A strong and steady defense against public health emergencies is essential -- including additional funding and increased collaboration among all sectors of the healthcare community, researchers said in a report on public health emergency readiness.
The U.S. has a pattern when responding to crises such as outbreaks, bioterrorism, food-borne illnesses, and natural disasters: inconsistent preparation, followed by scrambling, diverting funds, and then becoming complacent until the next crisis, said Rich Hamburg, interim president and CEO of the Trust for America's Health (TFAH), a health policy organization in Washington, D.C., on a call with the media.
Moreover, recent cuts to public health funding may have led to dramatic lags in response time to this year's biggest public health threat: the Zika virus.
"This year's outbreak, as well as the Ebola outbreak, draw attention to the importance of a permanent public health emergency fund -- at least as a bridge between existing public health funding and federal allocations for emergencies," said Hamburg, who cited the "unacceptable" delay in funding for Zika, during which time money was diverted from anti-Ebola programs.
He also noted that funding for mosquito-based disease control had been continually cut for years prior to the Zika outbreak. Hamburg shared findings from TFAH's new report Ready or Not? Protecting the Public from Diseases, Disasters and Bioterrorism, the latest in a series examining progress and gaps in the ability to respond to a public health emergency on both state and national levels. The series began after the 9/11 and anthrax tragedies in 2001.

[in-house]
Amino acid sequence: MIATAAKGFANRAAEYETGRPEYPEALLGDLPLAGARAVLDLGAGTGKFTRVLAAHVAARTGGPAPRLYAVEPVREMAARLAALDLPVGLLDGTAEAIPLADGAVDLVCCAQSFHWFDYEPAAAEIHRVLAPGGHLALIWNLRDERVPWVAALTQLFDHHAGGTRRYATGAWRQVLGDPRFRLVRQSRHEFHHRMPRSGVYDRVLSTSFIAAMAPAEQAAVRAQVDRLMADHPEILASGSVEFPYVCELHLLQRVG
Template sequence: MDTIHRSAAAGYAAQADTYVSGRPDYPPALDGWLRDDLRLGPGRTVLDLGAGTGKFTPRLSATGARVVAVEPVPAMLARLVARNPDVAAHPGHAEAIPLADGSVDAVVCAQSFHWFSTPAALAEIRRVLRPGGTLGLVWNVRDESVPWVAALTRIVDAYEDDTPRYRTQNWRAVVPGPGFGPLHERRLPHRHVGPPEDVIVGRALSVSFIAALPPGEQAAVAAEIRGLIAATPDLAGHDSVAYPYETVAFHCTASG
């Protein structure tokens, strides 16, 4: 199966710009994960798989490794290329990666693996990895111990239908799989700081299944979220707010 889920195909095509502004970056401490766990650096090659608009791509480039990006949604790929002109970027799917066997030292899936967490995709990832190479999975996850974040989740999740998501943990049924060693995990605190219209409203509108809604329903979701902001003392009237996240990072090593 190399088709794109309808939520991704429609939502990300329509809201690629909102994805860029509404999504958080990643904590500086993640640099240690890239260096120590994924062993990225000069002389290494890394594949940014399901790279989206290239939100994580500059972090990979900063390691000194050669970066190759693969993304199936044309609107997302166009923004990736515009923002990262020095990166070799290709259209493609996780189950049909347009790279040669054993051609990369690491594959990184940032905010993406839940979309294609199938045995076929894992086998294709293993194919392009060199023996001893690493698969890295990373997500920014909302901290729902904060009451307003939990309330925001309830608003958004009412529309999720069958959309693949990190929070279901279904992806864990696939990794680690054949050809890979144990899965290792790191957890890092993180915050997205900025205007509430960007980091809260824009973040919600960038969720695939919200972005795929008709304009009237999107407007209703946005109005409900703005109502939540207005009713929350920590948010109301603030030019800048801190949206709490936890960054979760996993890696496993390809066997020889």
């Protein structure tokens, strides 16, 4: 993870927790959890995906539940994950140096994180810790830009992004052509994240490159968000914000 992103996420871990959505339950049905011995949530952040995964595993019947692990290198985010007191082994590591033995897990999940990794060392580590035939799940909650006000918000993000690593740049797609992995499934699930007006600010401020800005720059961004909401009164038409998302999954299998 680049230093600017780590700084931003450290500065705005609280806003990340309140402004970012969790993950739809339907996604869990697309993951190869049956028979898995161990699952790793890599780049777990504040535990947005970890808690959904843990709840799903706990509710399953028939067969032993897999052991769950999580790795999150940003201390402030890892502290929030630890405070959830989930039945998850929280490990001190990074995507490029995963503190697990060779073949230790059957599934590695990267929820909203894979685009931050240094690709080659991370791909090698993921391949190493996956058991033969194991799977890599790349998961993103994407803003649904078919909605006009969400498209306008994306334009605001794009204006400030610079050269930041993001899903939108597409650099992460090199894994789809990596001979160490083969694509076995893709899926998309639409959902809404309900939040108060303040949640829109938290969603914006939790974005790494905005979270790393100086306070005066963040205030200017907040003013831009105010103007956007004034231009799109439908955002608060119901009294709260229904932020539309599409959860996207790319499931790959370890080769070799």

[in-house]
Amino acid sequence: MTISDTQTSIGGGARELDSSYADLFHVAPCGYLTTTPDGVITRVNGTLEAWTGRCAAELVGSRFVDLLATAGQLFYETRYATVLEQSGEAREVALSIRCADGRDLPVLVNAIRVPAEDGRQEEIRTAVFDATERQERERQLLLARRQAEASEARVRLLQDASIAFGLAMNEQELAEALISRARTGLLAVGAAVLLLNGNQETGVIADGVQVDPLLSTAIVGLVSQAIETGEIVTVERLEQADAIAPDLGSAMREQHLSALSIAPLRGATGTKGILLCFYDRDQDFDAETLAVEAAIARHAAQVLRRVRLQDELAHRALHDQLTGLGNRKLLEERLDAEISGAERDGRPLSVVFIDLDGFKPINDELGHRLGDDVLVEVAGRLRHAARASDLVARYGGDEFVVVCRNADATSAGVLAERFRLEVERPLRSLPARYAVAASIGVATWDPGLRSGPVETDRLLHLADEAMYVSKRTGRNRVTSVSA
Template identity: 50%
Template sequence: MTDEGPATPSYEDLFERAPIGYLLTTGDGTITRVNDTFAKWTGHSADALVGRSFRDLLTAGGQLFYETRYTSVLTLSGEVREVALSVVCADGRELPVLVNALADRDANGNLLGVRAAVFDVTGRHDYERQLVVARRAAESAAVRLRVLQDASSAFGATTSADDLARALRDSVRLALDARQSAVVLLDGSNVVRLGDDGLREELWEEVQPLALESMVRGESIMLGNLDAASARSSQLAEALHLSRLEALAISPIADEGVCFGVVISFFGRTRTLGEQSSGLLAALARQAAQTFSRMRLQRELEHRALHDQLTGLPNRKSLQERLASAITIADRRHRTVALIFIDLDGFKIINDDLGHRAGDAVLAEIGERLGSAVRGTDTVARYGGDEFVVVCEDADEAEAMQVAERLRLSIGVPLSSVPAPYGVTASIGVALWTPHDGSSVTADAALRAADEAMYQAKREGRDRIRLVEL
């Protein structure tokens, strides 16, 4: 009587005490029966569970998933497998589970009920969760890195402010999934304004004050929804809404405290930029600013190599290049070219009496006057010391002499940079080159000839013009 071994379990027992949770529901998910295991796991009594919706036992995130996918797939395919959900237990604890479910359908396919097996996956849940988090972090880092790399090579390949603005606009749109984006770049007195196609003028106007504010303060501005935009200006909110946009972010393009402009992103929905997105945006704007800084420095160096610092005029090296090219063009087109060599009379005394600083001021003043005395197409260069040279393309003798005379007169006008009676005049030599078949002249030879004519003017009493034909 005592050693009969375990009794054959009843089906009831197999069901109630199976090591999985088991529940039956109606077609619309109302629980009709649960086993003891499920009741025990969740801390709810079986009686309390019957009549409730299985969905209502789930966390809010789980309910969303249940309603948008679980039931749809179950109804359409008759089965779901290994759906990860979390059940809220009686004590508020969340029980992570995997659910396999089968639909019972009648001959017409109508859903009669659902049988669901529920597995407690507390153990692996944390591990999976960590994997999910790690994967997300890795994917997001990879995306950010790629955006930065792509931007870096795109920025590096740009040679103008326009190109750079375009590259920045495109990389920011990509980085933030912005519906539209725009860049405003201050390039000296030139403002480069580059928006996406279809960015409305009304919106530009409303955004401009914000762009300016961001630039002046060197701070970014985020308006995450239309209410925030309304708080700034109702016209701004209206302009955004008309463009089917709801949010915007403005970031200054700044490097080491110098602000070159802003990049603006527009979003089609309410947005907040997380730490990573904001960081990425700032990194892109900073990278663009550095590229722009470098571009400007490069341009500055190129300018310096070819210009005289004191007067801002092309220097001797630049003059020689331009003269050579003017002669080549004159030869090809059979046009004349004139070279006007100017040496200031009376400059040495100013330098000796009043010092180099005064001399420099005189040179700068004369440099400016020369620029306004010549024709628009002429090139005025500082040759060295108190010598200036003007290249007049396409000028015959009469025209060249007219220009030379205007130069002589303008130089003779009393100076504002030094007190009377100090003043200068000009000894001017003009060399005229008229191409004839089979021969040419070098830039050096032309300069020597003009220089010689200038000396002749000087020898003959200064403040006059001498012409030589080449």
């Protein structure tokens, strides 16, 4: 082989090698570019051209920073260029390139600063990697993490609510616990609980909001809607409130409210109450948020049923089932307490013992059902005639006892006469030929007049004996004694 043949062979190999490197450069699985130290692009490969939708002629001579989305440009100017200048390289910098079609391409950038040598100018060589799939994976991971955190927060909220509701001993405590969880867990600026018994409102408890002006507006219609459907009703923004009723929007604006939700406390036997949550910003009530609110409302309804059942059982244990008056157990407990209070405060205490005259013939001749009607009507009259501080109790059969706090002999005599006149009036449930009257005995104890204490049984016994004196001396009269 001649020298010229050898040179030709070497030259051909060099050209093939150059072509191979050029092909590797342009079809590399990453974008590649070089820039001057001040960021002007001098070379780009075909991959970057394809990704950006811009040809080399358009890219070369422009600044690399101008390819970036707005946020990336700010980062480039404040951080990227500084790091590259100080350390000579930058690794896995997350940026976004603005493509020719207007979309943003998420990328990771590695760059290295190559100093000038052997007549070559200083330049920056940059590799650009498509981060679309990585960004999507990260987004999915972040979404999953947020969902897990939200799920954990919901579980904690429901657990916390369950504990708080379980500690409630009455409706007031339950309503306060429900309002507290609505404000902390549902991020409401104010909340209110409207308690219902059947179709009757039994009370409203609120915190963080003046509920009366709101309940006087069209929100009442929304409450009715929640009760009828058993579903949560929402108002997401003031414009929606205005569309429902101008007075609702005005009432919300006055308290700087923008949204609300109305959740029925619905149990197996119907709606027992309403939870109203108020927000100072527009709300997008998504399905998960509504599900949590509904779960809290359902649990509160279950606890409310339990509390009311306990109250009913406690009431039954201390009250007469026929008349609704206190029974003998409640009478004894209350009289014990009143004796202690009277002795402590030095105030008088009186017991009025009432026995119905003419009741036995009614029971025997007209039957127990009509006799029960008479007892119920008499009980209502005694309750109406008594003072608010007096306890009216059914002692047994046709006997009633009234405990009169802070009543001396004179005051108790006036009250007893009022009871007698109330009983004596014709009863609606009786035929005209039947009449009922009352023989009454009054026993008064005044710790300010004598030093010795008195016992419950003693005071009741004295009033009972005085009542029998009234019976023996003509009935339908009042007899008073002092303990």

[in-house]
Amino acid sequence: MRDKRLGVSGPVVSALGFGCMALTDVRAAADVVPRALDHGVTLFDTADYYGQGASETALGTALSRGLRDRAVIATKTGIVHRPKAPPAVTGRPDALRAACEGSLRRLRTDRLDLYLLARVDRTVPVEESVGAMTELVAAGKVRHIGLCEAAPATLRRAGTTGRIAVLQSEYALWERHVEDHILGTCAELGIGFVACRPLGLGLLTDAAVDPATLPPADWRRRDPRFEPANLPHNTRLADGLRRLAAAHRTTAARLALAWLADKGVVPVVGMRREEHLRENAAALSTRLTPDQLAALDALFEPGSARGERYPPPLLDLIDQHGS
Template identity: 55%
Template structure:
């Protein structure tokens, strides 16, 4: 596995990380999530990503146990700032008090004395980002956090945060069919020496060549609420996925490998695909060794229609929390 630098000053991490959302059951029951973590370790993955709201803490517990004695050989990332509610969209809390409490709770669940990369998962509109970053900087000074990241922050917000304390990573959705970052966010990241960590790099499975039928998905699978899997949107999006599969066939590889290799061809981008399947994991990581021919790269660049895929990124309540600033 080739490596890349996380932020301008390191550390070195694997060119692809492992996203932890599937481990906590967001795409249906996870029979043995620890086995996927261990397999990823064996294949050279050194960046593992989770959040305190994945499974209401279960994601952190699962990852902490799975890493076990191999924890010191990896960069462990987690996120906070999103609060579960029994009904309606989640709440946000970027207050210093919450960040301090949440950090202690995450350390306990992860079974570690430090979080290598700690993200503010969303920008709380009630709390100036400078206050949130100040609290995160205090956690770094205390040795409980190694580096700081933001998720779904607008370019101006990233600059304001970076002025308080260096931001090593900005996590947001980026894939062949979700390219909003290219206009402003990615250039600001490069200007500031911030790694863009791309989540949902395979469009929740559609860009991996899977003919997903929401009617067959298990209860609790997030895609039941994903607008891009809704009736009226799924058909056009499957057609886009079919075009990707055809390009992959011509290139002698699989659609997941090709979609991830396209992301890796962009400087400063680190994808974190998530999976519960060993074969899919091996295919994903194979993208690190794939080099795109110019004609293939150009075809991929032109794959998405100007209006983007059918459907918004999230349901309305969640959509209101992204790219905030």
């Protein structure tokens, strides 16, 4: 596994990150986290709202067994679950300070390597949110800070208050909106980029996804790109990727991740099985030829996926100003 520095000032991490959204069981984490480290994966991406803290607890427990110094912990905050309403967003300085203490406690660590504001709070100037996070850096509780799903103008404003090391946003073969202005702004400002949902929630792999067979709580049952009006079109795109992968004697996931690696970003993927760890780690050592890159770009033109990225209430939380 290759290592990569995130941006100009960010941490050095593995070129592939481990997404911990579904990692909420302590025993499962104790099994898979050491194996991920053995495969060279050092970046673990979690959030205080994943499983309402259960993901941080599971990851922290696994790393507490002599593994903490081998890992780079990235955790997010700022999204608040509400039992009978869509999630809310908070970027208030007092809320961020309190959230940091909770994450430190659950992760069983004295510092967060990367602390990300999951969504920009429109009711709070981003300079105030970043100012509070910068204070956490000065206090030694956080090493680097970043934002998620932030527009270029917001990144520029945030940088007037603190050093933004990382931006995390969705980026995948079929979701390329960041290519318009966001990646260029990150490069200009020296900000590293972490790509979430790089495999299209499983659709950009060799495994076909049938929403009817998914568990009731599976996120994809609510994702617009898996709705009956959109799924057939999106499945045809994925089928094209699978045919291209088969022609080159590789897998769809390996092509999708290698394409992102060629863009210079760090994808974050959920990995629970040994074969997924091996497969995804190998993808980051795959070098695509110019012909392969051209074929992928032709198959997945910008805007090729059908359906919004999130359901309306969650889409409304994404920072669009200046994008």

The report found that many states appear ill-prepared to handle a public health emergency. TFAH staff evaluated 10 key indicators of preparedness in states and found that 26 states scored a 6 (out of 10) or lower, with Alaska and Idaho sharing the lowest score of 3. However, 26 states also increased or improved their funding for public health in 2015-2016 versus 2014-2015. Massachusetts scored the only 10 of any state.
Results were mixed when examining specific public health threats. Only 10 states reported a 50% or greater rate of influenza vaccination from 2015-2016, and 10 states currently have a formal program in place to get private healthcare staff and supplies into disaster areas. But 45 states and the District of Columbia increased the speed of testing to more quickly identify E. coli -- which is considered a measure of a state's ability to detect food-borne illnesses.
Overall, 30 states and the District of Columbia met or exceeded the average National Health Security Preparedness Index score.
"Preparedness is like a fire department -- it requires regular commitment and funding, and if you haven't built a foundation, you can't respond properly," said Eric Toner, MD, of UPMC Center for Health Security in Pittsburgh, on the call.
Toner spoke about potential ways to make the healthcare system "more resilient" during a public health emergency. For example, hospitals -- which shoulder much of the burden during a public health emergency -- could partner with community resources to ensure that existing patients are not deprived of care or seeking it in busy emergency rooms. "Recent emergencies have shown that gaps exist -- such as issues with medical surge capacity, the ability to train responders, and the declining public workforce," he said. "Every year, we are losing expertise and boots on the ground."
Among the recommendations in the report are increased collaboration from all aspects of the healthcare system -- from providers, hospitals, insurance companies, pharmaceutical companies, and public health organizations. The report also advocated continuing research on antibiotic resistance and improving vaccination rates among children and adults, as ways to improve public health readiness.
A final recommendation centered on improving federal leadership before, during, and after disasters -- including at the White House level. When asked if that might be an issue with the incoming Trump administration, Toner responded that any Congress or administration should take this issue seriously. "Being able to protect lives and the public's health should not be a partisan issue," he said.